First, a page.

The recent proposals regarding higher education changes have been published in a Green Paper entitled Fulfilling our Potential: Teaching Excellence, Social Mobility and Student Choice.
Proposals include a bringing together of higher education regulatory bodies entitled the Office for Students (OfS), a contentious Teaching Excellence Framework, and an easier route for new universities to enter the market.
The student community has not responded warmly to the green paper. James Elliot, from The National Campaign Against Fees and Cuts (NCAFC), the organisers of the London protest on the 4th of November, summarised the green paper in The Independent with this warning: “It will be a disaster for students and education workers alike, meaning more fees and debt, and threatening jobs too.”
The OfS will see the merging together of the Higher Education Funding Council for England (HEFCE) and the Office for Fair Access, putting students “at the heart of education,” the green paper reports. However, students already fear that their voices will be lost within the OfS because it is directly under government influence. The NCAFC describe the OFS proposal as a “vague threat” of “increased government control of Students’ Unions,” linked to the controversial trade union bill currently being put through Parliament.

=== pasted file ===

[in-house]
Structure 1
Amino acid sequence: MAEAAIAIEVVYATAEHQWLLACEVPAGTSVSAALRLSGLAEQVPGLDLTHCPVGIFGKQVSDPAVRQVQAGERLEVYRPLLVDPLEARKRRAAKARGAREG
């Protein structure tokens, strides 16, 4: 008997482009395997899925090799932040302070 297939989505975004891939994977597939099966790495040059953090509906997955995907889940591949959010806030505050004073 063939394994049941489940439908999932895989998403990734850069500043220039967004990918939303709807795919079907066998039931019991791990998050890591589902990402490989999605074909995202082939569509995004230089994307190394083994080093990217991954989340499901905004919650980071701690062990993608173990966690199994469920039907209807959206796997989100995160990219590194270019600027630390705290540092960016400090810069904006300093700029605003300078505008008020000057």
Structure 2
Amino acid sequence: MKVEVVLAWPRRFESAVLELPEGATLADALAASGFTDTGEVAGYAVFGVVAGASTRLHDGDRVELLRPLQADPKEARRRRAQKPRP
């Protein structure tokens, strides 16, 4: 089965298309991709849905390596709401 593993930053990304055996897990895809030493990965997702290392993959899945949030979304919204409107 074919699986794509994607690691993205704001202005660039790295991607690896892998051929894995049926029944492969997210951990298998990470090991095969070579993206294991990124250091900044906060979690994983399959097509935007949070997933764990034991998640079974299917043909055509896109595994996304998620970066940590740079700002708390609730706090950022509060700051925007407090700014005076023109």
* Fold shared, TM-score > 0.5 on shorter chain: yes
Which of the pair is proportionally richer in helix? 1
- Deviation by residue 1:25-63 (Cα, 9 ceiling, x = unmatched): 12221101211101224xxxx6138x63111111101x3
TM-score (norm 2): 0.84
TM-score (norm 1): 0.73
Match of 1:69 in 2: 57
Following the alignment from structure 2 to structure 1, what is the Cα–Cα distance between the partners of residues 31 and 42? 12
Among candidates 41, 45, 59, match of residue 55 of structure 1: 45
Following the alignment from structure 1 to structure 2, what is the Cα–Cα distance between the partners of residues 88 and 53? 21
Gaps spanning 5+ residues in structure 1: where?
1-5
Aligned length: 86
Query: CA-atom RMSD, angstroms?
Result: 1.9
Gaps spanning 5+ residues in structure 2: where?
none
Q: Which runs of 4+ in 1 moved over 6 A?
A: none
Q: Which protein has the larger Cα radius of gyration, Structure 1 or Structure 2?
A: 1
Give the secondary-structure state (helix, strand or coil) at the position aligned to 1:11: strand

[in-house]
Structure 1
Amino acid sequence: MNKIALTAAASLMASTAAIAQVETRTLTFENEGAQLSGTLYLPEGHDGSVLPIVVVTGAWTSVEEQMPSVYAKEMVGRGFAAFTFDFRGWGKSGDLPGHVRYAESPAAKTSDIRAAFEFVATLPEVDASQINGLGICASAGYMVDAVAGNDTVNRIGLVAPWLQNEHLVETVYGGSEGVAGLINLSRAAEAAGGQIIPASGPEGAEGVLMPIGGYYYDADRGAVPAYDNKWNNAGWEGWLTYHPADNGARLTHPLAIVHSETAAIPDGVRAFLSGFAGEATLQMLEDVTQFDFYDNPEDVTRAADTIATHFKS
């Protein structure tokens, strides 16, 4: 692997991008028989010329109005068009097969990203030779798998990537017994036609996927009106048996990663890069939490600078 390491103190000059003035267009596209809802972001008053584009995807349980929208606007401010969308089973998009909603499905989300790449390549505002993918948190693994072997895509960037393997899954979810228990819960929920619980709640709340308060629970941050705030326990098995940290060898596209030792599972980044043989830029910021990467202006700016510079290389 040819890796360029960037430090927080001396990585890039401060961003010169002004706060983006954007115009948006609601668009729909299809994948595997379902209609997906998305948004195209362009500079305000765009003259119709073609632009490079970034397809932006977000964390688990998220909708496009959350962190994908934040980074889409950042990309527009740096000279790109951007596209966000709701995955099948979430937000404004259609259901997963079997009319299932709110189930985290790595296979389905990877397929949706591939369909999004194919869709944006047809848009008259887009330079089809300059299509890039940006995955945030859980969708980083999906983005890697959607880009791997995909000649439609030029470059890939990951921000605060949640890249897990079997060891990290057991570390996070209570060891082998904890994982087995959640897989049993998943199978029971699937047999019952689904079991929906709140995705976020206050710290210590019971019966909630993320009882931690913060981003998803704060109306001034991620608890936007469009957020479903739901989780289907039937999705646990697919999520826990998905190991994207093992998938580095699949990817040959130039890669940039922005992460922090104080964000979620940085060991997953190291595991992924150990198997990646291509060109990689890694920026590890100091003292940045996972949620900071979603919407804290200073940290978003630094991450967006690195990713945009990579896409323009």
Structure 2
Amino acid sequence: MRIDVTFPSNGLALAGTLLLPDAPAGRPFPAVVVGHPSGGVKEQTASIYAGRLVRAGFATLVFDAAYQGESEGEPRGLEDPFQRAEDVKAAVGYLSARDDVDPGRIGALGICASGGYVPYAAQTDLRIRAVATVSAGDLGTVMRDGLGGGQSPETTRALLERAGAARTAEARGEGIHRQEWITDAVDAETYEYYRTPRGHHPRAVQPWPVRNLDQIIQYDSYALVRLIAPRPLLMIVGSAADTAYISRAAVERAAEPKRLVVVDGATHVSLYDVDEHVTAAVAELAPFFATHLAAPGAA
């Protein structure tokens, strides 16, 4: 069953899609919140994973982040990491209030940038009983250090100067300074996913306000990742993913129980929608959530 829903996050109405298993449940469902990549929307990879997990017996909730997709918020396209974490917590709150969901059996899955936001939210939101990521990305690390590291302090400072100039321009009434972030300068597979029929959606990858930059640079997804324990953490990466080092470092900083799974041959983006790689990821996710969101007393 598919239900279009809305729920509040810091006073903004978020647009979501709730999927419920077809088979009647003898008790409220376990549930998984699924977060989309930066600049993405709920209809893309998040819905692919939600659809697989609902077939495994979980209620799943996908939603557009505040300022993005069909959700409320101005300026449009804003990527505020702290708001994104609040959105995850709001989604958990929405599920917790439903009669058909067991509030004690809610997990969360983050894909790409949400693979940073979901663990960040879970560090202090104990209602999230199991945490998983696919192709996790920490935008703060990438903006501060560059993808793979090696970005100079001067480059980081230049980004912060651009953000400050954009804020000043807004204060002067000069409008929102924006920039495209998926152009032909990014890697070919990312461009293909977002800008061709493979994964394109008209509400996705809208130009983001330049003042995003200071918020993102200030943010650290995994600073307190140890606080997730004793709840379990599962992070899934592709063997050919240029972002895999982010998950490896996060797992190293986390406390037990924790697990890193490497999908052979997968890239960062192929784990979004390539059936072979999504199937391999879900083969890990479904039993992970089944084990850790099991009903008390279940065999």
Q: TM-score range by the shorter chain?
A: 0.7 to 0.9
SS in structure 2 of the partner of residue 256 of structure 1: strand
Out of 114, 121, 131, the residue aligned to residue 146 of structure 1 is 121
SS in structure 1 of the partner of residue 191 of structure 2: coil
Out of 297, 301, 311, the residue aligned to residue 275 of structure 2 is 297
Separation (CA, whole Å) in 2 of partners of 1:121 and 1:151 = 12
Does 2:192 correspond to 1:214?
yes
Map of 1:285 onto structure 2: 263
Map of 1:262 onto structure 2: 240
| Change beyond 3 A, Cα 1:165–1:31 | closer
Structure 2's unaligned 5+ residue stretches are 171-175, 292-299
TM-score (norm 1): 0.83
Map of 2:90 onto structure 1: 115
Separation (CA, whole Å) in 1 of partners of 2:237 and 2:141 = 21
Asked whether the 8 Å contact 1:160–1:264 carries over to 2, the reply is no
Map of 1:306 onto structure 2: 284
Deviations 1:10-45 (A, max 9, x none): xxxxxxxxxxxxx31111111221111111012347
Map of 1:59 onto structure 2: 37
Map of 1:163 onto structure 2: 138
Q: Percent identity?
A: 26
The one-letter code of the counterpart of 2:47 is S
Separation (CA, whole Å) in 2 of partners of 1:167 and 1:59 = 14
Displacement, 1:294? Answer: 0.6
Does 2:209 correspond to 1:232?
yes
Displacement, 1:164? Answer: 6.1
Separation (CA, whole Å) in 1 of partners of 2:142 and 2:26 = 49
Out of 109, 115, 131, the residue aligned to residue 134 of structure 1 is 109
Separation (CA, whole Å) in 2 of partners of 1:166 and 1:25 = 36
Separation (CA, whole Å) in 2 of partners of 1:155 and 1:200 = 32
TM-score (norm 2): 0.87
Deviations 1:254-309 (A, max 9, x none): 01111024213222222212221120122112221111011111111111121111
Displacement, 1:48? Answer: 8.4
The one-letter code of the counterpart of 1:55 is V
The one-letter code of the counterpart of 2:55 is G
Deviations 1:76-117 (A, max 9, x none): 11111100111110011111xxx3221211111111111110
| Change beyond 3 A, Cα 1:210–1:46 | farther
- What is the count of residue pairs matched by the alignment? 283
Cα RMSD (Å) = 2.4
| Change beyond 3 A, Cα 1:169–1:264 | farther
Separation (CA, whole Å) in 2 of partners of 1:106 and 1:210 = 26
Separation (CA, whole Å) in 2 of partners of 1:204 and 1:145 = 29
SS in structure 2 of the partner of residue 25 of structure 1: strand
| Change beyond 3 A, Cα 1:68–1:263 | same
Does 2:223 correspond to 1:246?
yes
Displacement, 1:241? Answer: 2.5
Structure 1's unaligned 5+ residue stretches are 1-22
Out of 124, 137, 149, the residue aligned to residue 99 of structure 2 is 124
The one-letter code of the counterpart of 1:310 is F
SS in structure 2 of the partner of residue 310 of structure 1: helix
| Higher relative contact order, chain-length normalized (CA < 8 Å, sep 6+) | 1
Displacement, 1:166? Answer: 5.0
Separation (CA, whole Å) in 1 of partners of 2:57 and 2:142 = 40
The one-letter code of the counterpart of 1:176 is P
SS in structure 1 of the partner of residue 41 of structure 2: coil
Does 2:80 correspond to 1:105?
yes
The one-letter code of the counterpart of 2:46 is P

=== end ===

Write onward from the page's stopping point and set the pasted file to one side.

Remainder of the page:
But it is the Teaching Excellence Framework (TEF) that seems to be the most controversial proposal. The TEF will have powers to establish three or four groups of universities based on their standard of teaching, research and employment-post-graduating statistics, enabling student ‘consumers’ and their future employers to differentiate between ‘good’ and ‘bad’ universities.
As a result, the TEF can permit the best performing universities to raise tuition fees from 2018 – 19. Labour MP Gordon Marsden has likened the proposals to a “Trojan horse for raising fees,” which many students at Manchester have agreed with. President of the NUS Megan Dunn has said “Students should not be treated like consumers,” opposing the government’s attempt to “marketise” education.
Ministers will be in charge of setting the inflation cap for fees due to new powers set out in the green paper. The government would “set the uplift each year,” potentially allowing for fee rises every year, “not exceeding real terms increases.”
Michael Spence, the Education Officer of the University of Manchester Students’ Union said: “This makes their claim that they will keep the Teaching Excellence Framework (TEF) at arm’s length from Ministers both laughable and demonstrably false. It is an affront to democracy, a blatant ministerial power grab, and an attempt to shut down debate about what the fee level should be.”
A green paper is a step forward in turning these proposals into legislation; however, this stage is still a consultation period where many actors can intervene and contribute their suggestions and opinions. Megan Dunn, NUS president, ensures that the “the student voice is too loud for the government to ignore.”
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